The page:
I must admit, I had those expectations even though everyone kept telling me to take it slow, things at a new house took time and this was our first year. I’m nearly thirty and yet good advice went in one ear and out the other.

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May 2014

In this last year we have gotten quite a bit done. I didn’t realize how much we have change the property or ourselves until I looked a photos I took those first few weeks we moved in. We have turned a shed into a rabbitry, painted every surface in the house (with the exception of the cut-in around the ceiling fans?!), we brought home our first dairy goats and built a milking stanchion from pictures of others, Trevor’s parents helped us get two large areas fenced in, with my family’s help we installed one big hügelkultur, we sold some bucklings and bought two more dairy goats, got rid of lazy chickens and brought in new chickies, had great success with cabbage and heritage breed turkeys, added a pair of Viking sheep, made billions of delicious pretzel, and disposed of multiple truck loads of creepy-gross carpet. Oh, and the front door is an awesome egg yolk orange.

So while it didn’t seem like much progress was being made during the year, I can look back and see that we did –in fact– get a whole lot done on our new farm. That even includes the whole month of a “screw the drought and the world” attitude I had during the summer while I got absolutely no blogging done.

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May 2014

Well, now our first year is almost up. (I can say that because our mortgage is paid through the month of February and we moved in on March 8th of last year.) Close enough I’d say. After a year of home ownership my best advice to others looking down the same path is: to spend a whole year taking it slow.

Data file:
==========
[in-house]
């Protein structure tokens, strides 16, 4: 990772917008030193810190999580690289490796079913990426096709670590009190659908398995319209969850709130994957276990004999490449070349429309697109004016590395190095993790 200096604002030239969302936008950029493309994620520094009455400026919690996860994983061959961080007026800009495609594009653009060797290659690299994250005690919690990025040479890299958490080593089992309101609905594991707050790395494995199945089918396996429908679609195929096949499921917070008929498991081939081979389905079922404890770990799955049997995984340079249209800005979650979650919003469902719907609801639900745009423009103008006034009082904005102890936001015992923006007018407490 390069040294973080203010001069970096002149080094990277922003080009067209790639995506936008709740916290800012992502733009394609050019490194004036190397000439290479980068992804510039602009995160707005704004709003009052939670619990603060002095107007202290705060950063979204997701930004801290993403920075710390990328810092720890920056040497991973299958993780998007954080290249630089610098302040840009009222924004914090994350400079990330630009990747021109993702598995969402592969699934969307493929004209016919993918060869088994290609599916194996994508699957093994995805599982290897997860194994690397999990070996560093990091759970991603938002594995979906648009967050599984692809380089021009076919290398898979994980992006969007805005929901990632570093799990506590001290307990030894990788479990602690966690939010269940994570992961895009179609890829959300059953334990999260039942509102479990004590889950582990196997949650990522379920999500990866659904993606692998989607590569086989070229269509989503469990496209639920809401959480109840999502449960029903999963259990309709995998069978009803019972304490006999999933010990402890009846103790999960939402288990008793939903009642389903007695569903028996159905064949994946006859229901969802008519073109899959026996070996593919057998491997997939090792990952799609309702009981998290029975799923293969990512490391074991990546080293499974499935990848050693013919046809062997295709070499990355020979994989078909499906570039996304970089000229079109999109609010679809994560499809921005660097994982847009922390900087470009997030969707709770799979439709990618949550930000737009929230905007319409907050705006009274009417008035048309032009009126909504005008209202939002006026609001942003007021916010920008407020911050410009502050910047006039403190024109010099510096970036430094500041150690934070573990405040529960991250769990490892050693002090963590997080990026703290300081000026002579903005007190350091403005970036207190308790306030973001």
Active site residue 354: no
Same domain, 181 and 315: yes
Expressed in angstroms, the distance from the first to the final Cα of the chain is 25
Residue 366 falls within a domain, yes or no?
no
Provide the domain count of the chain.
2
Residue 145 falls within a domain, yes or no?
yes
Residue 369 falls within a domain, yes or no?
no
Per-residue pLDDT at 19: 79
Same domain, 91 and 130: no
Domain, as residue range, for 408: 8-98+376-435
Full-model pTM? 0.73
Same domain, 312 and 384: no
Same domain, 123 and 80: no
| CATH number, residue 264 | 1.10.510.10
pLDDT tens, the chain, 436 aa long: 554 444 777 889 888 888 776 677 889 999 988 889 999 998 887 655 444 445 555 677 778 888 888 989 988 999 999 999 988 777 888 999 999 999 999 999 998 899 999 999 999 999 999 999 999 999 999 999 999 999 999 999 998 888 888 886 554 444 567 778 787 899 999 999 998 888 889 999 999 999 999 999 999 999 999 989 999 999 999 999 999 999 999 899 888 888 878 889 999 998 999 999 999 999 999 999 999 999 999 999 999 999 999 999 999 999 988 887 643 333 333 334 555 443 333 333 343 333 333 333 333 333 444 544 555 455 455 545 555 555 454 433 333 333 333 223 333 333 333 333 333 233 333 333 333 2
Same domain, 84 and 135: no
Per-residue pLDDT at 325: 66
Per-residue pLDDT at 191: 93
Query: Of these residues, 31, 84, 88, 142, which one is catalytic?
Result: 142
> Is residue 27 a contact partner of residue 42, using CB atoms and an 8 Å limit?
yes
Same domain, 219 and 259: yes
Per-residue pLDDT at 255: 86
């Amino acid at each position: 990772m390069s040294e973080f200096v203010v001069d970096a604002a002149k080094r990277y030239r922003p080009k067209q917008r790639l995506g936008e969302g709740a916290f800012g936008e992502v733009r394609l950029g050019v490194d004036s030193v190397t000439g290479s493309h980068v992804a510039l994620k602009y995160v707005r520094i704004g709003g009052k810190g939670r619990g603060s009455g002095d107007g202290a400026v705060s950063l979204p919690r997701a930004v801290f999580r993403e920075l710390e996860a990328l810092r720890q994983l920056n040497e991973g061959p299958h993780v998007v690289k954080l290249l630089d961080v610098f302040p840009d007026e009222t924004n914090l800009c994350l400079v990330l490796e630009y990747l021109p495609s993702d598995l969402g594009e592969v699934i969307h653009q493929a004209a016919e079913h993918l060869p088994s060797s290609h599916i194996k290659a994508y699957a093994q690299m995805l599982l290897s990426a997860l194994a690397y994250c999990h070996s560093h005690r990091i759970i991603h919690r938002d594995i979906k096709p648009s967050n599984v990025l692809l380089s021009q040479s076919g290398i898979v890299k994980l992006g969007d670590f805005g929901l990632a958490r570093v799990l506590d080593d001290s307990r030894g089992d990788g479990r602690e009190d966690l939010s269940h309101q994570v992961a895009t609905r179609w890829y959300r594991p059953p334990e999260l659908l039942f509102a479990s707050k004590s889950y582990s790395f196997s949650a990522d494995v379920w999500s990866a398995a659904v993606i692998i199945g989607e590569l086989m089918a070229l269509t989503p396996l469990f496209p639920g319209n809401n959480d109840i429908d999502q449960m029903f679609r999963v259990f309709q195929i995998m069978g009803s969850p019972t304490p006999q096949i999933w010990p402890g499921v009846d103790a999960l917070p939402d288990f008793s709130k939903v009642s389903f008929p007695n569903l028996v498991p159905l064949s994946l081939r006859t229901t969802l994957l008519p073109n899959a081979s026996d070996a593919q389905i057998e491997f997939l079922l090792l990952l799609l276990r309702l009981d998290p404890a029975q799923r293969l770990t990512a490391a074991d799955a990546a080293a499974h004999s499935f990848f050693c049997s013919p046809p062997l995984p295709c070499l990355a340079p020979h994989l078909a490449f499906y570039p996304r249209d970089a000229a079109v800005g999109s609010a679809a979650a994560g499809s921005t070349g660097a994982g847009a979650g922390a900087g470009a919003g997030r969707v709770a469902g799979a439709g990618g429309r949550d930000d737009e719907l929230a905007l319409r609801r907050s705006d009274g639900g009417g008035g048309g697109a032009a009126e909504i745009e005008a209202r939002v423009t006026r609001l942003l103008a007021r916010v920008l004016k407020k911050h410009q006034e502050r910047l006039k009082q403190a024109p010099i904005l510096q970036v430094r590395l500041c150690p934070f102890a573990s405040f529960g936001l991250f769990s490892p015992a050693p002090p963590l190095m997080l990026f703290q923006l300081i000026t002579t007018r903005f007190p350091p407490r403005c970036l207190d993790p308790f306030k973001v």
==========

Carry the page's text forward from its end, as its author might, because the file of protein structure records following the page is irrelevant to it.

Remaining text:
Frühling

Just two more months before I can justify filling up my windows with seed starts. Some things may be started earlier, but I have to check on that. I might even have to adjust my last frost date now that we live in a slightly lower elevation… then again, less of a tree windbreak might put us at just about the same frost date anyhow.

Frühling (spring) brings seedlings and seedlings bring excitement for growth. I am most excited for the pumpkin patch I am going to put in where the turkeys are now (they will be in my belly and their plot will be rich with manure) and possibly some pickling cucumbers and apple trees. I’m pretty sure I could live off of those three things: pumpkins, pickles, and apples.

Today I took an inventory of what seeds I already have. I have come to the conclusion that I need very few seeds to have a well balanced garden in the spring. There is good variety with each type of seed in my pile. I have the most of peas, beans, pumpkins, and surprisingly– I have a ton of onions. Yum! I definitely need some more carrots though. To begin amending the soil, I will have to add a sprinkling of dandelions, comfrey, chicory, borage (bees go bananas for it), and sage. I also have rosemary, marigolds, and sunflowers on my wish list just because they are great for the bees and kitchen.

In the Frühlingskabine Seed Inventory:
Peas: Little Marvel, Sugar Daddy (1/4 lb.)
Beans: Roma II bush, Contender bush, Chinese Red Noodle (1/2 lb.)
Onions: Flat of Italy, Green Bunching, Australian Brown, Donata di Parma (3,100)
Melons: American Green, Golden Honeymoon (25)
Squash: Butternut Waltham, Frühlingskabine Pie Pumpkin, Black Beauty Zucchini (165)
Lettuce: Red Romaine, Black Seeded Simpson (1/2 oz.)
Greens: Rainbow Swiss Chard, Flamingo Swiss Chard, Dinosaur Kale, Bloomsdale Spinach (425)
Leek: Giant Musselburgh (100)
Rhubarb: Glaskins Perpetual (2)
Turnip: Purple Top White Globe (500)
Radish: French Breakfast (800)
Beets: Detroit Dark Red, Chioggia striped (30)
Eggplant: Beatrice, Bianca Rosa (60)
Herbs: Cilantro, Yarrow, Italian Sweet Basil, Thai Basil, Fennel, Stevia, Oregano (1,600)
Tomatoes: Beefsteak, Black Cherry (40)
Cucumbers: Parisian, Marketmore, Boston Picking, Homemade Pickles (125)
Artichoke: Purple of Romagna (25)
Brussels Sprouts: Long Island (350)
Broccoli: Di Cicco (1,000)
Celery: Dave’s Frühlingskabine (2,000+)
Carrots: Scarlet Nantes (200)
Cabbage: Mammoth Red (1,050)
Peppers: Cal Wonder, Bell Pepper (75)
Plum: From the Organic Market- red flesh (25)

If anyone wants to trade some of my extra seeds (Frühlingskabine Pie Pumpkin, Dave’s Frühlingskabine Celery, Di Cicco Broccoli, Long Island Improved Brussels Sprouts) for anything on my wishlist (comfrey, chicory, borage, sage, rhubarb, interesting things), send me an email!
fmicrofarm@gmail.com